Out of the Box Approach to Planning Makerspaces | Tech Learning

One of the most rewarding experiences in writing my second book (The Kickstart Guide to Making GREAT Makerspaces, Fall 2017) has been having the honor of being able to highlight and showcase GREAT makerspaces far and wide. In doing that research, I discovered some unconventional spaces that clearly have taken an out of the box approach to planning their makerspaces.Despite the many spaces out there that are essentially exactly alike, there is no one-size-fits-all approach to planning a makerspace. Makerspaces should as unique and meaningful as the communities they are in. It is my hope that the links and spaces below can a new and unique perspective on what makerspaces can be.  Each space described below is unique, emphasizing different skills or themes.  Although some of these spaces are not in K-12 schools, there certainly are things we can learn and apply to educational makerspaces.

Source: Out of the Box Approach to Planning Makerspaces | Tech Learning

Technology Will Save Us

We are on a mission to spark the creative imagination of young people using hands on technology. Our award winning make-it-yourself kits and digital tools help kids (and the adults that love them) to make, play, code and invent using technology.We started small, around our kitchen table, and have now built a company of 28 passionate designers, educators, engineers and problems solvers – obsessed with inspiring kids and empowering parents to become creators of technology. We have 6 different make it yourse

Source: About Us – Technology Will Save Us

Arduino Uno For Beginners – Step-by-Step Guide To Getting Started

More and more makerspaces around the world are looking to add coding and electronics to their maker education programs.  One of the best ways to do this is by integrating an Arduino board into makerspace projects and lessons.We’ve found that a lot of maker educators haven’t taken the plunge into coding or Arduino because they think programming is scary.  Because of this, we wanted to make sure this tutorial was written for the absolute beginner with no experience whatsoever.This tutorial is a high level view of all the parts and pieces of the Arduino ecosystem.  In future posts, we will take you step by step in creating your first simple Arduino project.

Source: Arduino Uno For Beginners – Step-by-Step Guide To Getting Started

Thingiverse – Digital Designs for Physical Objects

Thingiverse Education provides over a hundred free lessons that make teaching with a 3D printer easier and more effective for a variety of grade levels and subjects. It also provides a community where educators can exchange best practices or remix projects.

Source: Thingiverse – Digital Designs for Physical Objects

Creative Capacity Building | D-Lab

Creative Capacity BuildingCreative Capacity Building (CCB) is at the core of D-Lab’s approach to international development and is central to our work at MIT and in the field.The goal of CCB is to train participants to create or adapt technologies that will improve their lives and strengthen their communities. By distilling key elements of the design process into a hands-on curriculum that is accessible at any educational level, CCB presents a framework through which anyone can become an active creator of technology, not just a recipient or user of technology.Creative Capacity Building suggests that the underlying principles of co-creation and crowd-sourcing– typically applied to computer software development, corporate management, or high-end product design –can also be relevant to technology innovations aimed at ending poverty. This is only possible when the conditions exist for full participation in the entire design process by the people for whom these technologies are intended, which means investing in strategies that increase local capacity and support local innovation. At present, there are three main approaches to D-Lab’s implementation of Creative Capacity Building: Village-level training; Community Innovation Centers; and the International Development Design Summit.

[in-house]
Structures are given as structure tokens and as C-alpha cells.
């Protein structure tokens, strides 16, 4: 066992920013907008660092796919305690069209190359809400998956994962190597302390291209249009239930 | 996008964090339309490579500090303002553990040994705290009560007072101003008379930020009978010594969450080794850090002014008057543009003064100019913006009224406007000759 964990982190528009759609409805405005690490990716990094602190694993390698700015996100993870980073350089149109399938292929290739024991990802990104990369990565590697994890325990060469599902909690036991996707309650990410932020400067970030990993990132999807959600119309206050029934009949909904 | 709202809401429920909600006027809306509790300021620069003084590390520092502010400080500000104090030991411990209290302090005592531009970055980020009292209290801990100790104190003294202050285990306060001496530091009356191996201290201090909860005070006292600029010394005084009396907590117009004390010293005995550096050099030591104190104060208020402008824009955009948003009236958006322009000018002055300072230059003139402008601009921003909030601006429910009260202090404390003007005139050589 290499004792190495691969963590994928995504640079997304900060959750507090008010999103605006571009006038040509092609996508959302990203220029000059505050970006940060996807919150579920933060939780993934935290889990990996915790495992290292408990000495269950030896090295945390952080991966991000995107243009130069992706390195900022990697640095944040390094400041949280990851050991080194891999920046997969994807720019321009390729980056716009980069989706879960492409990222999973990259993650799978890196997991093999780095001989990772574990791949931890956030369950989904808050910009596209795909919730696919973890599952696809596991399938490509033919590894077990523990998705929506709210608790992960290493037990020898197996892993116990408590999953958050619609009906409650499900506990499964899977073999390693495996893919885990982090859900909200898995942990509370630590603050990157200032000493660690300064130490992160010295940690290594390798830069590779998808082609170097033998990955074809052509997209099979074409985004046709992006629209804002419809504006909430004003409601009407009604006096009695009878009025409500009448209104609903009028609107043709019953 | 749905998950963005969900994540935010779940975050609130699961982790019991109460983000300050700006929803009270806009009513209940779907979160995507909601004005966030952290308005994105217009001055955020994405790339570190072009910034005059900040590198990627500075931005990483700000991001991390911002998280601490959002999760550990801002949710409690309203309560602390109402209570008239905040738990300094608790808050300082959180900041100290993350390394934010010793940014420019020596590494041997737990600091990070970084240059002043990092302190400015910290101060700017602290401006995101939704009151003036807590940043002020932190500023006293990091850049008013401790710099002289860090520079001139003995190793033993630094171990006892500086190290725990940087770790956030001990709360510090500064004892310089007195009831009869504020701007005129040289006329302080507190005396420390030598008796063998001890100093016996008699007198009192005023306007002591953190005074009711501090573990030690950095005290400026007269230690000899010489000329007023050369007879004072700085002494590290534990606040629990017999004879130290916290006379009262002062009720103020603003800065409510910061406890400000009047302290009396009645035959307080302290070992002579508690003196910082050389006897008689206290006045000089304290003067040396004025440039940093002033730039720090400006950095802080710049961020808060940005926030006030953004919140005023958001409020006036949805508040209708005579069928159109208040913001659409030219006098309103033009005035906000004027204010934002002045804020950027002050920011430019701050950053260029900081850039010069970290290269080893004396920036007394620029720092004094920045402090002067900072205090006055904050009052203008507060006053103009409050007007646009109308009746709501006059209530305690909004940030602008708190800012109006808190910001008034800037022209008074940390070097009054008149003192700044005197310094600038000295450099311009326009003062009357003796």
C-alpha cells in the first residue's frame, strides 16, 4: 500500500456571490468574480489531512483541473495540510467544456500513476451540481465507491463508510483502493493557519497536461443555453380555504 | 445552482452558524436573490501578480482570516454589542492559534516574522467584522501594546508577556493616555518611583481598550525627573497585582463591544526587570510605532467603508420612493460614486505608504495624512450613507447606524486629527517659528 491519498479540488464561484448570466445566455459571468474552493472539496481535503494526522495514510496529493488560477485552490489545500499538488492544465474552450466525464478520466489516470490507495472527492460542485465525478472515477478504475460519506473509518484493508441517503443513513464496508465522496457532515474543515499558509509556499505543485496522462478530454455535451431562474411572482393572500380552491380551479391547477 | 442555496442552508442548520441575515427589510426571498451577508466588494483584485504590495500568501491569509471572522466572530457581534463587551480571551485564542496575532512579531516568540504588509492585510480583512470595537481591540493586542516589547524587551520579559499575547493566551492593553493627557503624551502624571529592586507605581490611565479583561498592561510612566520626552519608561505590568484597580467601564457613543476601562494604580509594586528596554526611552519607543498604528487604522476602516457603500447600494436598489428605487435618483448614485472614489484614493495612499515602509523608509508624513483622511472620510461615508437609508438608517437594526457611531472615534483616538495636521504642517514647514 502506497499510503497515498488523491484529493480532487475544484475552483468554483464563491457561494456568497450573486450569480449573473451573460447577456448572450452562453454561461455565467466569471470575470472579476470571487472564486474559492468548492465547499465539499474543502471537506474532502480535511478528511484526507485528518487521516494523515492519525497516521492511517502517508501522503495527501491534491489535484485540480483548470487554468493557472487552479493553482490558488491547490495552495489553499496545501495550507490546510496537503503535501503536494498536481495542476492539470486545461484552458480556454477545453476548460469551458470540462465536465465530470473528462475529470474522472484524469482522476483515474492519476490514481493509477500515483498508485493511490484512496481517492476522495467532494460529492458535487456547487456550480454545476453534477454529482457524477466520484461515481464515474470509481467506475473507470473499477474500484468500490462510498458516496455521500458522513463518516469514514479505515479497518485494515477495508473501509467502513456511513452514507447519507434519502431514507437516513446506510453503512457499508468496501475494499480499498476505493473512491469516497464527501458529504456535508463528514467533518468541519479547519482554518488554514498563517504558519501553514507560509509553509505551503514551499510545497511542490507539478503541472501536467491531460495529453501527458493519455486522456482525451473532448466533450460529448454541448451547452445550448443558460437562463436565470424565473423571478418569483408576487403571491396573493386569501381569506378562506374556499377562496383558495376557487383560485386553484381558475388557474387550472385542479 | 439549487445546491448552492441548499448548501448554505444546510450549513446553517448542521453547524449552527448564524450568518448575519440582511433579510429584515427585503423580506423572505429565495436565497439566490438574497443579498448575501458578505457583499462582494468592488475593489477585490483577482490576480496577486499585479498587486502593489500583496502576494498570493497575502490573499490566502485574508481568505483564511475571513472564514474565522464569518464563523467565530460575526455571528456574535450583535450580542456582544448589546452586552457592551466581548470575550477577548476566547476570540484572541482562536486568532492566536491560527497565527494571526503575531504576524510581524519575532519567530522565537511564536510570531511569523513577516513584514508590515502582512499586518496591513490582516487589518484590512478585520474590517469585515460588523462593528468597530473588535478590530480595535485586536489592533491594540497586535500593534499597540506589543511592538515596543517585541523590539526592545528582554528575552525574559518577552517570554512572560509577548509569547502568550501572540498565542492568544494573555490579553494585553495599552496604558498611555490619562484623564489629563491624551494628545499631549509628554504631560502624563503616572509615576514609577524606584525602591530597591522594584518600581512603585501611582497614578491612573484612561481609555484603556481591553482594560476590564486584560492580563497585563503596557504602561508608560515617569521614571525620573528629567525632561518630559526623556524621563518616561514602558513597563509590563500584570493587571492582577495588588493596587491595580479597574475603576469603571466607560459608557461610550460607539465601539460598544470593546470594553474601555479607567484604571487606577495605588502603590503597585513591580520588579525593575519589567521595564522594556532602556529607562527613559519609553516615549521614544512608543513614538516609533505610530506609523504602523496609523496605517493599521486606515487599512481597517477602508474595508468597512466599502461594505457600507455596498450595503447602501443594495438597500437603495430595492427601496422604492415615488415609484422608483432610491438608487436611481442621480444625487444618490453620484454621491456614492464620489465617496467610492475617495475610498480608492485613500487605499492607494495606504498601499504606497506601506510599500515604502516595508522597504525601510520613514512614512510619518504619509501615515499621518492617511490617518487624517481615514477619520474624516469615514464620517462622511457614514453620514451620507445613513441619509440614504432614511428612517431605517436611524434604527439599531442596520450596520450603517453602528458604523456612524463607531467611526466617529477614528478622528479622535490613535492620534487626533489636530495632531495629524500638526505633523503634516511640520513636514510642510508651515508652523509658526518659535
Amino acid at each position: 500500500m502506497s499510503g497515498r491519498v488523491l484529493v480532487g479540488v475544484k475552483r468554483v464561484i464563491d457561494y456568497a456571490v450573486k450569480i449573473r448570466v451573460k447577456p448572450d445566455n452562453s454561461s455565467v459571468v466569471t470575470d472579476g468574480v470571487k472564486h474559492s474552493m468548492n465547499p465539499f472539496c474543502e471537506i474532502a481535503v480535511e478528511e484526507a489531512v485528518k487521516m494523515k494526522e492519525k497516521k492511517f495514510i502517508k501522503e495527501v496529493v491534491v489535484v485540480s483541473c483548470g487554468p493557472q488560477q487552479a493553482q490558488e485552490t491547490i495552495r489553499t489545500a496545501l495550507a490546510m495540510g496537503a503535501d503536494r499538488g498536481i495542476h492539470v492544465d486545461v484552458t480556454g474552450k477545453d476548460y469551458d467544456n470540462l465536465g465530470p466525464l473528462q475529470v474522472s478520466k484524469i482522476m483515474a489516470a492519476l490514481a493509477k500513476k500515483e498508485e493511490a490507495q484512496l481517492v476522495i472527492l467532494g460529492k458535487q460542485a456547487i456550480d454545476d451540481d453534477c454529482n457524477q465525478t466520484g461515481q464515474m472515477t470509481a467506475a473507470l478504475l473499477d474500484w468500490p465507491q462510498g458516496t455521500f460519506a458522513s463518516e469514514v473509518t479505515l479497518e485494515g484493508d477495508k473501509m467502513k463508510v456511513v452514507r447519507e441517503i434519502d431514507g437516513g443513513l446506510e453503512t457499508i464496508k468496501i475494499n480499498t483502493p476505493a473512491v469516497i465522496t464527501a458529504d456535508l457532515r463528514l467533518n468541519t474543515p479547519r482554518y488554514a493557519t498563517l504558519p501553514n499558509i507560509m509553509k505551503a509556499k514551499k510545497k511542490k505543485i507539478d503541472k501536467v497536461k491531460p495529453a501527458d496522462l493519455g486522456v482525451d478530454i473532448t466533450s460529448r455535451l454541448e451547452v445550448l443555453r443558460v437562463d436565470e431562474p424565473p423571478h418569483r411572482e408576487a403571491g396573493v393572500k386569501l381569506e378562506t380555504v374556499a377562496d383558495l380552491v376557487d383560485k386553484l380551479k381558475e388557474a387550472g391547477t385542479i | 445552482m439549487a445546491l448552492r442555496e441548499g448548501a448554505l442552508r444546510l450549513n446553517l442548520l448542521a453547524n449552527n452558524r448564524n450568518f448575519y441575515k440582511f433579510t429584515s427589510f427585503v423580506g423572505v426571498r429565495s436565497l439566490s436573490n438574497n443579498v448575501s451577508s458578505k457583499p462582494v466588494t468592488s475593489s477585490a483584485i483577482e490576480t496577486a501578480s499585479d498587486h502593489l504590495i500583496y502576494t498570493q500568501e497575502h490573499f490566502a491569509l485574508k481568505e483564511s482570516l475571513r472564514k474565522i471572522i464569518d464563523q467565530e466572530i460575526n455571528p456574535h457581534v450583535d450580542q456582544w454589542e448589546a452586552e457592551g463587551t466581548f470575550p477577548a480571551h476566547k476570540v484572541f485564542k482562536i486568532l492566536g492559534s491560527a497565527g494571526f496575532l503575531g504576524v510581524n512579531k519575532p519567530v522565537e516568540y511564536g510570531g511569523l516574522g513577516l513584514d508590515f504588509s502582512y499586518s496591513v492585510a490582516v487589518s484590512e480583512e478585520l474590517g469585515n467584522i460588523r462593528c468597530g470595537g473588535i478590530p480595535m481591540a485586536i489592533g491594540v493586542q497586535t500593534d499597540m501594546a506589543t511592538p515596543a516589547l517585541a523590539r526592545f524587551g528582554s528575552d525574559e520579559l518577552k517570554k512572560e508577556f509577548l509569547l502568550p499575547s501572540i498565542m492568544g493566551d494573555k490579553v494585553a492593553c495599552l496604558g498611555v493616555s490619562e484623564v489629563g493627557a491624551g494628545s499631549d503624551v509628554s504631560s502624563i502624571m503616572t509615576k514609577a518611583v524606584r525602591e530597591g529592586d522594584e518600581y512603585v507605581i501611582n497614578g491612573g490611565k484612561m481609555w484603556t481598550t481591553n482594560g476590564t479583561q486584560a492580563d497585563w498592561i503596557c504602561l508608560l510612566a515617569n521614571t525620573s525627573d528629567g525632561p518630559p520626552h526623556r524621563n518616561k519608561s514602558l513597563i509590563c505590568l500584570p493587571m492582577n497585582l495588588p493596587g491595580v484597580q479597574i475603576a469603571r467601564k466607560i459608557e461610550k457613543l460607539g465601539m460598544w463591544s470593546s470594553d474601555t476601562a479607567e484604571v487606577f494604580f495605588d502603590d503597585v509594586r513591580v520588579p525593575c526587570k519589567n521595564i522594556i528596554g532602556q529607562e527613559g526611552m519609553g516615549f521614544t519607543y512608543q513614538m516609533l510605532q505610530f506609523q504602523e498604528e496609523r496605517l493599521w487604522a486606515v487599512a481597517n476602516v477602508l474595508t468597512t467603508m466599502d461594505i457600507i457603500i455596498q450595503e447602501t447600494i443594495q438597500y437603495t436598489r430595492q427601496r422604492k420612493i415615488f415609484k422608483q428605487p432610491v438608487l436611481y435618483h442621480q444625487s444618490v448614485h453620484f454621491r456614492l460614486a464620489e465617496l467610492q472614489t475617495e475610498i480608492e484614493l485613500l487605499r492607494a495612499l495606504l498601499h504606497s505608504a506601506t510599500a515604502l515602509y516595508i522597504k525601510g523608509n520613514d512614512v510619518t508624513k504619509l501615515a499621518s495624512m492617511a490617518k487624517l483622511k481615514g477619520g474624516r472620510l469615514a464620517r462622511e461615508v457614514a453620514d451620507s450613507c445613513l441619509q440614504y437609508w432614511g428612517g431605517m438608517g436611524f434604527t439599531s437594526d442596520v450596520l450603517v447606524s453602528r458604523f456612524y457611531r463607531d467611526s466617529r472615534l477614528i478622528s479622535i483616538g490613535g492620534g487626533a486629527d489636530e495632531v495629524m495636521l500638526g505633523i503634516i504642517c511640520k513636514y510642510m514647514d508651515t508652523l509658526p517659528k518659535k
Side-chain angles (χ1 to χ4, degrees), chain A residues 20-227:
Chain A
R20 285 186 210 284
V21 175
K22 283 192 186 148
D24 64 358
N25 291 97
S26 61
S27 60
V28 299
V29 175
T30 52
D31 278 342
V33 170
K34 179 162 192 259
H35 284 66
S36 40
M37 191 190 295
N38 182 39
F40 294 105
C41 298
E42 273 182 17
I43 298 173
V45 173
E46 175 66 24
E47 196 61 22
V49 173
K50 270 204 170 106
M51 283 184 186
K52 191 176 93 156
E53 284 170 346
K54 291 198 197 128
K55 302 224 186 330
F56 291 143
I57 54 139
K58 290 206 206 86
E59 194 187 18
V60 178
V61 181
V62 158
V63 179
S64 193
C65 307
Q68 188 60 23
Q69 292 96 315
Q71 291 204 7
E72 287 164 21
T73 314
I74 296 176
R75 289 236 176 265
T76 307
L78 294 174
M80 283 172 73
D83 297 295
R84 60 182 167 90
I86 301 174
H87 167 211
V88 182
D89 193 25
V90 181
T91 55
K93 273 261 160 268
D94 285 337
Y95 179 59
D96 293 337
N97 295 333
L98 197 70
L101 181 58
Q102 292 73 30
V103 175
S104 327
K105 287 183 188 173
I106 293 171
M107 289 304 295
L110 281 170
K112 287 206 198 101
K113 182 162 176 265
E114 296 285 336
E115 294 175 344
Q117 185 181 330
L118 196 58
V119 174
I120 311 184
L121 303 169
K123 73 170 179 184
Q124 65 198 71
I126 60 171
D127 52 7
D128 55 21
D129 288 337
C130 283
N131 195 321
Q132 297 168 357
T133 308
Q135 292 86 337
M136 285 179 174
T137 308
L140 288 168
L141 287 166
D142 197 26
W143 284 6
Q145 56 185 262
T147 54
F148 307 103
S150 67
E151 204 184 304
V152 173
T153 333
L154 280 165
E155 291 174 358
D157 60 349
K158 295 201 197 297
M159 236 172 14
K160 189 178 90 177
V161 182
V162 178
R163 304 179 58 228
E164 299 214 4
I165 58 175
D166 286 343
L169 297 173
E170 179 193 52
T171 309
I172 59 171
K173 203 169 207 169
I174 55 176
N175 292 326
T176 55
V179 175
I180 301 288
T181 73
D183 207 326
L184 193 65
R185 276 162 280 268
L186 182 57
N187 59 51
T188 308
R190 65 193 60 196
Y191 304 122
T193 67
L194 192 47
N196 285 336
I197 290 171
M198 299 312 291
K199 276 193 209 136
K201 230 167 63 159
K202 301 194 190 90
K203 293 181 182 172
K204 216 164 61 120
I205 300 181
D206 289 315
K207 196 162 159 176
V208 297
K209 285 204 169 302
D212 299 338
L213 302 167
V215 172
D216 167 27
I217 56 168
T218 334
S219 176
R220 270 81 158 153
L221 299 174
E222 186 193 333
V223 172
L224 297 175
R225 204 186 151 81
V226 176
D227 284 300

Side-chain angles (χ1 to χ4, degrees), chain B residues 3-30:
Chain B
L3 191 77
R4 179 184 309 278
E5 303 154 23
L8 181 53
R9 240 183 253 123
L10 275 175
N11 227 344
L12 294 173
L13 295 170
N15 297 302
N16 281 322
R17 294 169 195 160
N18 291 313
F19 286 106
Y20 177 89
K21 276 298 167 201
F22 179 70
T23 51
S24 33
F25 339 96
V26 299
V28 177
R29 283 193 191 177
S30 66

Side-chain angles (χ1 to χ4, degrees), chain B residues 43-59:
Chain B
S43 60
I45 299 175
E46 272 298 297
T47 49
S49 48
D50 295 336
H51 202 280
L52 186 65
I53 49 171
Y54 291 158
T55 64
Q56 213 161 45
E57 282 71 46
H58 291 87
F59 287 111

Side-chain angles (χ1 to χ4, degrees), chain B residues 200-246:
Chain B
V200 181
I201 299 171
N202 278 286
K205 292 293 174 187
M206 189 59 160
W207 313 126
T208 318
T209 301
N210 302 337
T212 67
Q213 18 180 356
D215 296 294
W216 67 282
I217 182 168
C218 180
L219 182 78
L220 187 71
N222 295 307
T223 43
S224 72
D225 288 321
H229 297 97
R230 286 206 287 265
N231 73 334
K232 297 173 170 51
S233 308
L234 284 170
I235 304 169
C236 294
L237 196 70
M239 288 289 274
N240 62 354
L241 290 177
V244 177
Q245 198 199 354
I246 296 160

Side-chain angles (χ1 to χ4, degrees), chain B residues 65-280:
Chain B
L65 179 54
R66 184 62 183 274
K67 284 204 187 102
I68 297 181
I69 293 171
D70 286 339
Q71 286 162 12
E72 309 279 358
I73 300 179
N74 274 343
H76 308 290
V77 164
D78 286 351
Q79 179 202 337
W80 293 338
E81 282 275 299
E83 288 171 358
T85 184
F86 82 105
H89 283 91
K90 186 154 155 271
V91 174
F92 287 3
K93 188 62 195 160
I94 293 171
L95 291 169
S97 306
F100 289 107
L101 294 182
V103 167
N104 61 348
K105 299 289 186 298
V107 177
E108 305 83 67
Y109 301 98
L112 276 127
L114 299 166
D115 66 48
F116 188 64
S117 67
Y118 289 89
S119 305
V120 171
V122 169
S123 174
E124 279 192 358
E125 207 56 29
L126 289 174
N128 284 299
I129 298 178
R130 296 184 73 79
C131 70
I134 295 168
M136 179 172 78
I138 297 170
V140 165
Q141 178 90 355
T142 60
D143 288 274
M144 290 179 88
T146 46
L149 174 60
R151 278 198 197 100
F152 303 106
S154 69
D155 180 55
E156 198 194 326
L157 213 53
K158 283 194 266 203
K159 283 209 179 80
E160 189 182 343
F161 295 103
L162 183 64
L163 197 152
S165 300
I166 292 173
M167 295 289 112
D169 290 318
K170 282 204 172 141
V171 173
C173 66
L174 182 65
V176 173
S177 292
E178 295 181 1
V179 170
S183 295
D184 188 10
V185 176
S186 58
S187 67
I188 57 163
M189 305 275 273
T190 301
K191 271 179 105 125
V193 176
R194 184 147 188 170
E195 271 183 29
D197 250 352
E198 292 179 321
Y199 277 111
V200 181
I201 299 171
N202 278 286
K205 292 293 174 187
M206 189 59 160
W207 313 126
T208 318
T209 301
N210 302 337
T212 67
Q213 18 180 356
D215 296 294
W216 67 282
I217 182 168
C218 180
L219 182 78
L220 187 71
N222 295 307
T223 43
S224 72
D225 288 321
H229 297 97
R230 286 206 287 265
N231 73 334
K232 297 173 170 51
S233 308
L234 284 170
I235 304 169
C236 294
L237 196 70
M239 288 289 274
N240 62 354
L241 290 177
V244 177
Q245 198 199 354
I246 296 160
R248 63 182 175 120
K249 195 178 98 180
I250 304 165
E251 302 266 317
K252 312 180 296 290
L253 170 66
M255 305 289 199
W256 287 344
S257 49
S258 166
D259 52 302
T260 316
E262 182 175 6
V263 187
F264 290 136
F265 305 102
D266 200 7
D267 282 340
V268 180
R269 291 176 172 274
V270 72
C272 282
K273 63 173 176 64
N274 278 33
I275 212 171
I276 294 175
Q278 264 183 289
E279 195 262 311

Source: Creative Capacity Building | D-Lab

Top Ten Makerspace Favorites of 2016 | Tech Learning

by Laura Fleming

With the success of last year’s post on the Top Ten Makerspace Favorites of 2015, we are excited to announce this year’s list. We have spent the year scouring maker products to build this list. Prior to writing this post, we invited our PLN to contribute to a Padlet that highlighted some of their favorites.  Based on the responses to that Padlet, we noticed an important shift in Maker Education.  Once driven by STEM and makerspace in a box types of kits, we are seeing much more of an emphasis on open-ended exploration and stocking makerspaces with materials that foster that. We strongly believe that makerspaces should be unique learning environments that encourages tinkering, play, and open-ended exploration for all.  Our list for 2016 reflects that same philosophy.With so many amazing makerspace products now flooding the market, it was an incredibly difficult task to narrow our favorites down to just 10. All of the items on our list are aligned to the Worlds of Making ‘MAKER’ Framework, which serves as a guide for choosing the right products for your makerspace.

Source: Top Ten Makerspace Favorites of 2016 | Tech Learning

Creative Spaces to Learn | Tufts Now

October 17, 2016

Neat rows of desks and chairs have dotted the landscape of elementary and secondary school classrooms for centuries. But is that really the best learning environment for children in the 21st century, where future success is increasingly reliant on such attributes as creativity, innovation, problem solving and critical thinking?

Source: Creative Spaces to Learn | Tufts Now